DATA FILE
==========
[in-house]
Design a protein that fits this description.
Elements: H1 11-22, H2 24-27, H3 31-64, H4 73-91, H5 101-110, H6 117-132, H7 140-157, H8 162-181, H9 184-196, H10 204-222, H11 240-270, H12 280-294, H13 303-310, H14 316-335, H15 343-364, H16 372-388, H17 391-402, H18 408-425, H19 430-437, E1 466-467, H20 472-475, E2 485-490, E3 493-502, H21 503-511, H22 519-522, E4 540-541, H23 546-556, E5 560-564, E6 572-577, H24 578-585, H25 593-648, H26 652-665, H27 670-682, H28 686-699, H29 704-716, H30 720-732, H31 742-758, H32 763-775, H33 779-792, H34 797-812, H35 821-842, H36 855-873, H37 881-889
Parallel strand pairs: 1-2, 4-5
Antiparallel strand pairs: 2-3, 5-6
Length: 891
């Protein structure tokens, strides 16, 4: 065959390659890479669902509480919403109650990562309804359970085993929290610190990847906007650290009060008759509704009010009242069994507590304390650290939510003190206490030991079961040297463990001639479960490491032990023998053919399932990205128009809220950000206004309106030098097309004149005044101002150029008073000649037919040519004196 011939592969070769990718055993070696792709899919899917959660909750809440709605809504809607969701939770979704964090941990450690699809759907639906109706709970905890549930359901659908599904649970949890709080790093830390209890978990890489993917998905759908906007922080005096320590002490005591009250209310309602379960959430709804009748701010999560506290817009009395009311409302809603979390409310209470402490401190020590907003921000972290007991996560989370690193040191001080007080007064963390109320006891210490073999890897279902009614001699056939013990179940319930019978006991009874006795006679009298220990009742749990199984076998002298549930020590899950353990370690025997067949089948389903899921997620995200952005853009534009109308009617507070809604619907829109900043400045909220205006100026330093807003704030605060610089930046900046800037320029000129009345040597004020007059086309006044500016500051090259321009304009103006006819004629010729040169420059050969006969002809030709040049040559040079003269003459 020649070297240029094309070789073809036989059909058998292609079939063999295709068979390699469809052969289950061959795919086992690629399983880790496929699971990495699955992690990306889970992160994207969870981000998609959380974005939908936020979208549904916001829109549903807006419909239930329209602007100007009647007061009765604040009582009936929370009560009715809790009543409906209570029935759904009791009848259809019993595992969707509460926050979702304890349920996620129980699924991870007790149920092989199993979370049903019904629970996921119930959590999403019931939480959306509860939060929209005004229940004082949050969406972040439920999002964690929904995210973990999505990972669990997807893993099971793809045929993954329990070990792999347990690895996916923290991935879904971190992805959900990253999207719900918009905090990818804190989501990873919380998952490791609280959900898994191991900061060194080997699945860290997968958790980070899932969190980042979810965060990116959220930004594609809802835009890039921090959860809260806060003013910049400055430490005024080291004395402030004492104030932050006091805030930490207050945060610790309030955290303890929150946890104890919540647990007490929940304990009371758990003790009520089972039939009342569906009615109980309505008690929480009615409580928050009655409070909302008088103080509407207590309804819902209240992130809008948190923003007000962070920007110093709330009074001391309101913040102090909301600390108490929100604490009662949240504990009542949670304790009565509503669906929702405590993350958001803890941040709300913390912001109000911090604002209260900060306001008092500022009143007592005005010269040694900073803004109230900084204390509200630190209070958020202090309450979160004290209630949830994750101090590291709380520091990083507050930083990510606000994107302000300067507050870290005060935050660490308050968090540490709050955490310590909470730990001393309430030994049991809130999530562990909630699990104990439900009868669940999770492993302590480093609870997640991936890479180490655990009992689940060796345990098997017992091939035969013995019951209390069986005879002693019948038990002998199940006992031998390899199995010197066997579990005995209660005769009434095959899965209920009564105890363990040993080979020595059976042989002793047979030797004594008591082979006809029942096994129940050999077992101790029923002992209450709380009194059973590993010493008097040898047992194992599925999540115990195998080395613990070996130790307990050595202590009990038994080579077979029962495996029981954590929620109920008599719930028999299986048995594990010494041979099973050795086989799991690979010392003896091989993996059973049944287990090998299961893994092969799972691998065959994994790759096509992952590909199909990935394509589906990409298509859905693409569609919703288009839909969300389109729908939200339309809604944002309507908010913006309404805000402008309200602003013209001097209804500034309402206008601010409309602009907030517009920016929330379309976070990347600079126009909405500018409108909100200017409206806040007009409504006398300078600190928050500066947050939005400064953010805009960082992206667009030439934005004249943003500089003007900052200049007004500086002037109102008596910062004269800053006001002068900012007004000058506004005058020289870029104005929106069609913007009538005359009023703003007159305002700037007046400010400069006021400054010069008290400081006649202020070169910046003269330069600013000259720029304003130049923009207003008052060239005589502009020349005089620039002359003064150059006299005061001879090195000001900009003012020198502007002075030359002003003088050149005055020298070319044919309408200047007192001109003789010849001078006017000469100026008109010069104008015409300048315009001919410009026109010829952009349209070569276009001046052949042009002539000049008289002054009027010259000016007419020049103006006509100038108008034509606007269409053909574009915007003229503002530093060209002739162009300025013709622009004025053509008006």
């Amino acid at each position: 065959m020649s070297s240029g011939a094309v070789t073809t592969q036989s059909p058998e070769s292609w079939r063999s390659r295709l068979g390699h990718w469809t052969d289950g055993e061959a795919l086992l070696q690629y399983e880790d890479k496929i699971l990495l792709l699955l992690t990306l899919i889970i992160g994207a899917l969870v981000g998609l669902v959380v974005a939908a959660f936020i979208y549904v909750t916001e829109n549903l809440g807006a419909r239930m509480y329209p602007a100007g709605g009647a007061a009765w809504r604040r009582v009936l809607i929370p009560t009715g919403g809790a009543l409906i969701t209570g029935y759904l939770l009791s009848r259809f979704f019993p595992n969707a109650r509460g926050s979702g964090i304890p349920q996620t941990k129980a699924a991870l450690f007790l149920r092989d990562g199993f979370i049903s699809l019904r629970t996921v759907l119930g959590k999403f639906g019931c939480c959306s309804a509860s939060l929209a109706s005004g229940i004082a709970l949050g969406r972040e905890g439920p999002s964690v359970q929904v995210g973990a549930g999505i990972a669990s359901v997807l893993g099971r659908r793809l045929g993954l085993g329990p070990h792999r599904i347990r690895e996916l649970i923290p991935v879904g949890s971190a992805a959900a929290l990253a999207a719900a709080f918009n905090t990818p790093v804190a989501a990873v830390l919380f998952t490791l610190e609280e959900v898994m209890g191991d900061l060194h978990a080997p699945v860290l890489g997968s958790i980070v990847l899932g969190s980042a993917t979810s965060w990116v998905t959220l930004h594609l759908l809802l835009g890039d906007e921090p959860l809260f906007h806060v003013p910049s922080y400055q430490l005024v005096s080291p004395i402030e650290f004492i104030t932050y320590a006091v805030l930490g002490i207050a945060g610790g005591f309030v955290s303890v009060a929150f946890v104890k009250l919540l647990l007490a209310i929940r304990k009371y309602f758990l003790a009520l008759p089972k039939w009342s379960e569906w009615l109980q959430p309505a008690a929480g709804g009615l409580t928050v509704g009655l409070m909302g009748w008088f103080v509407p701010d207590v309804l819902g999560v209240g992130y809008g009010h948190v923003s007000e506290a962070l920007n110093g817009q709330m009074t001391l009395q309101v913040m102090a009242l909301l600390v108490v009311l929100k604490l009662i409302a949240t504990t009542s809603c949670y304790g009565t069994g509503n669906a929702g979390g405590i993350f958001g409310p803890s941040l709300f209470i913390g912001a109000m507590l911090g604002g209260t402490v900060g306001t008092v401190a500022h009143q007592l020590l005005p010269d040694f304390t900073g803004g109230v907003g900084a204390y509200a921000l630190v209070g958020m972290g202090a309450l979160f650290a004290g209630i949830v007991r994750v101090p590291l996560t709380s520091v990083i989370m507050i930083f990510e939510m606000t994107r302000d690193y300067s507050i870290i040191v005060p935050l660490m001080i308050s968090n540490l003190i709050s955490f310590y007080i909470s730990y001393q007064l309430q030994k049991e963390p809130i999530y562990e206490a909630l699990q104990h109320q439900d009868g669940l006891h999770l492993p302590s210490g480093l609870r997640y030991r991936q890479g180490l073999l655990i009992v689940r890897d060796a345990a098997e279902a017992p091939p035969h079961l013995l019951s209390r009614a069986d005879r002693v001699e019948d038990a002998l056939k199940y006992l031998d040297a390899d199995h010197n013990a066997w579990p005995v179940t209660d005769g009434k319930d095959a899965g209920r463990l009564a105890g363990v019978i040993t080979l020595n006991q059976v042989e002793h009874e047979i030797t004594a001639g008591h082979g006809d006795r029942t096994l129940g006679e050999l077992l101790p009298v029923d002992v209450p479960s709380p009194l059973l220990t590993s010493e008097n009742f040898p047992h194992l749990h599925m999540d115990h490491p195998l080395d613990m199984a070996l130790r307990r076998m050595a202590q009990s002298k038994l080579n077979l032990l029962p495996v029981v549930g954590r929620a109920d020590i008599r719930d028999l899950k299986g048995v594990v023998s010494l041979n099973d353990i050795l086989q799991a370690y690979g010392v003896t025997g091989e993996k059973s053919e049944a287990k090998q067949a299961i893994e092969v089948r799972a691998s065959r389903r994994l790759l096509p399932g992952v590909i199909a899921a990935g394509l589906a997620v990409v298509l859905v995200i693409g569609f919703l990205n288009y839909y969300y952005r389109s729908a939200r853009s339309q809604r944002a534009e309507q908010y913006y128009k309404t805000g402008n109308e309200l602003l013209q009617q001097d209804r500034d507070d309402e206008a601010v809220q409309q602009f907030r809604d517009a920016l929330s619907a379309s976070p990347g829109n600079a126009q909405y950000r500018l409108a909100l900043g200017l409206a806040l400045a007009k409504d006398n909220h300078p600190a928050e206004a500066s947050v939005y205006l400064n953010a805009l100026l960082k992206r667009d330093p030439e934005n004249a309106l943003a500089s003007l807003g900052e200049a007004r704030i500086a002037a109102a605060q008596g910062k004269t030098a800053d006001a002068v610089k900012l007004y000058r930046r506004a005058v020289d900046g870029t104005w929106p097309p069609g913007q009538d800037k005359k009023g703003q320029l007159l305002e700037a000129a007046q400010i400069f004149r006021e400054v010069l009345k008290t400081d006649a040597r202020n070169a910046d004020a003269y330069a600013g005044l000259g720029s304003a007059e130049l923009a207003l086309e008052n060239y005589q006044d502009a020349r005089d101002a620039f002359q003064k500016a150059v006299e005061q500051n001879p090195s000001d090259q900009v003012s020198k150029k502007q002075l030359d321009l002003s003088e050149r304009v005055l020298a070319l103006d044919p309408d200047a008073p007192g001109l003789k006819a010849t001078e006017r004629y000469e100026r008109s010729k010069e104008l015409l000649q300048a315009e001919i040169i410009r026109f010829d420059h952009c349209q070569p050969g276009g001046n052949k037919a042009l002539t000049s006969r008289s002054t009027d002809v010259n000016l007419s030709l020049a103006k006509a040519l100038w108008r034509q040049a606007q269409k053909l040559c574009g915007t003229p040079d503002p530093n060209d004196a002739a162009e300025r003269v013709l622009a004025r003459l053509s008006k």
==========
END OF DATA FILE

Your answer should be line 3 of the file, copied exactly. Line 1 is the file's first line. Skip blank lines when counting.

Elements: H1 11-22, H2 24-27, H3 31-64, H4 73-91, H5 101-110, H6 117-132, H7 140-157, H8 162-181, H9 184-196, H10 204-222, H11 240-270, H12 280-294, H13 303-310, H14 316-335, H15 343-364, H16 372-388, H17 391-402, H18 408-425, H19 430-437, E1 466-467, H20 472-475, E2 485-490, E3 493-502, H21 503-511, H22 519-522, E4 540-541, H23 546-556, E5 560-564, E6 572-577, H24 578-585, H25 593-648, H26 652-665, H27 670-682, H28 686-699, H29 704-716, H30 720-732, H31 742-758, H32 763-775, H33 779-792, H34 797-812, H35 821-842, H36 855-873, H37 881-889